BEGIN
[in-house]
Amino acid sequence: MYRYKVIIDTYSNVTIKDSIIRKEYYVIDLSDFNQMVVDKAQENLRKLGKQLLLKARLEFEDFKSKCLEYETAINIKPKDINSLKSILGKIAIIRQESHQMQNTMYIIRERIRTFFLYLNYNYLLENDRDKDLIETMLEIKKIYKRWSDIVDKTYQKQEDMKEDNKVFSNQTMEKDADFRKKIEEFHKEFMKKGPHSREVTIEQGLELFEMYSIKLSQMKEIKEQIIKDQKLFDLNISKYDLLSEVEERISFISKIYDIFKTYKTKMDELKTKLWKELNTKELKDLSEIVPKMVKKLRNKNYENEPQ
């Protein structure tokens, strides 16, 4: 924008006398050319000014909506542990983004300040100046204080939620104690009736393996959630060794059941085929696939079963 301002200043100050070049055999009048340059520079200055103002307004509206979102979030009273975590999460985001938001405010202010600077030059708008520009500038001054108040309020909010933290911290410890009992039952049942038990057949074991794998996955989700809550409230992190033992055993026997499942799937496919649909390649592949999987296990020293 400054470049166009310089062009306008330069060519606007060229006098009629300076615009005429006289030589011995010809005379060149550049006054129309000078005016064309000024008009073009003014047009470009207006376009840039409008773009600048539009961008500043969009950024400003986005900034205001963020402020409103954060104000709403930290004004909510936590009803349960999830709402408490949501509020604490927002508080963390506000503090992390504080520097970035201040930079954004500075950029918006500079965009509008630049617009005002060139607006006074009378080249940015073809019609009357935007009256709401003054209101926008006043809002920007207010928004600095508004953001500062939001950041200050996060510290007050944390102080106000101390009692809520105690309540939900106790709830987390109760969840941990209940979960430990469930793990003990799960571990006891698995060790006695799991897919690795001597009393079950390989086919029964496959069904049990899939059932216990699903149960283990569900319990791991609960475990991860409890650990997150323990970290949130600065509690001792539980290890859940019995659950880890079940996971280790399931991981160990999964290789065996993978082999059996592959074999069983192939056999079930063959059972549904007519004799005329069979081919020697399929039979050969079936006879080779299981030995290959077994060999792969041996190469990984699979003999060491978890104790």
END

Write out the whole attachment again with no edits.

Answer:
[in-house]
Amino acid sequence: MYRYKVIIDTYSNVTIKDSIIRKEYYVIDLSDFNQMVVDKAQENLRKLGKQLLLKARLEFEDFKSKCLEYETAINIKPKDINSLKSILGKIAIIRQESHQMQNTMYIIRERIRTFFLYLNYNYLLENDRDKDLIETMLEIKKIYKRWSDIVDKTYQKQEDMKEDNKVFSNQTMEKDADFRKKIEEFHKEFMKKGPHSREVTIEQGLELFEMYSIKLSQMKEIKEQIIKDQKLFDLNISKYDLLSEVEERISFISKIYDIFKTYKTKMDELKTKLWKELNTKELKDLSEIVPKMVKKLRNKNYENEPQ
């Protein structure tokens, strides 16, 4: 924008006398050319000014909506542990983004300040100046204080939620104690009736393996959630060794059941085929696939079963 301002200043100050070049055999009048340059520079200055103002307004509206979102979030009273975590999460985001938001405010202010600077030059708008520009500038001054108040309020909010933290911290410890009992039952049942038990057949074991794998996955989700809550409230992190033992055993026997499942799937496919649909390649592949999987296990020293 400054470049166009310089062009306008330069060519606007060229006098009629300076615009005429006289030589011995010809005379060149550049006054129309000078005016064309000024008009073009003014047009470009207006376009840039409008773009600048539009961008500043969009950024400003986005900034205001963020402020409103954060104000709403930290004004909510936590009803349960999830709402408490949501509020604490927002508080963390506000503090992390504080520097970035201040930079954004500075950029918006500079965009509008630049617009005002060139607006006074009378080249940015073809019609009357935007009256709401003054209101926008006043809002920007207010928004600095508004953001500062939001950041200050996060510290007050944390102080106000101390009692809520105690309540939900106790709830987390109760969840941990209940979960430990469930793990003990799960571990006891698995060790006695799991897919690795001597009393079950390989086919029964496959069904049990899939059932216990699903149960283990569900319990791991609960475990991860409890650990997150323990970290949130600065509690001792539980290890859940019995659950880890079940996971280790399931991981160990999964290789065996993978082999059996592959074999069983192939056999079930063959059972549904007519004799005329069979081919020697399929039979050969079936006879080779299981030995290959077994060999792969041996190469990984699979003999060491978890104790």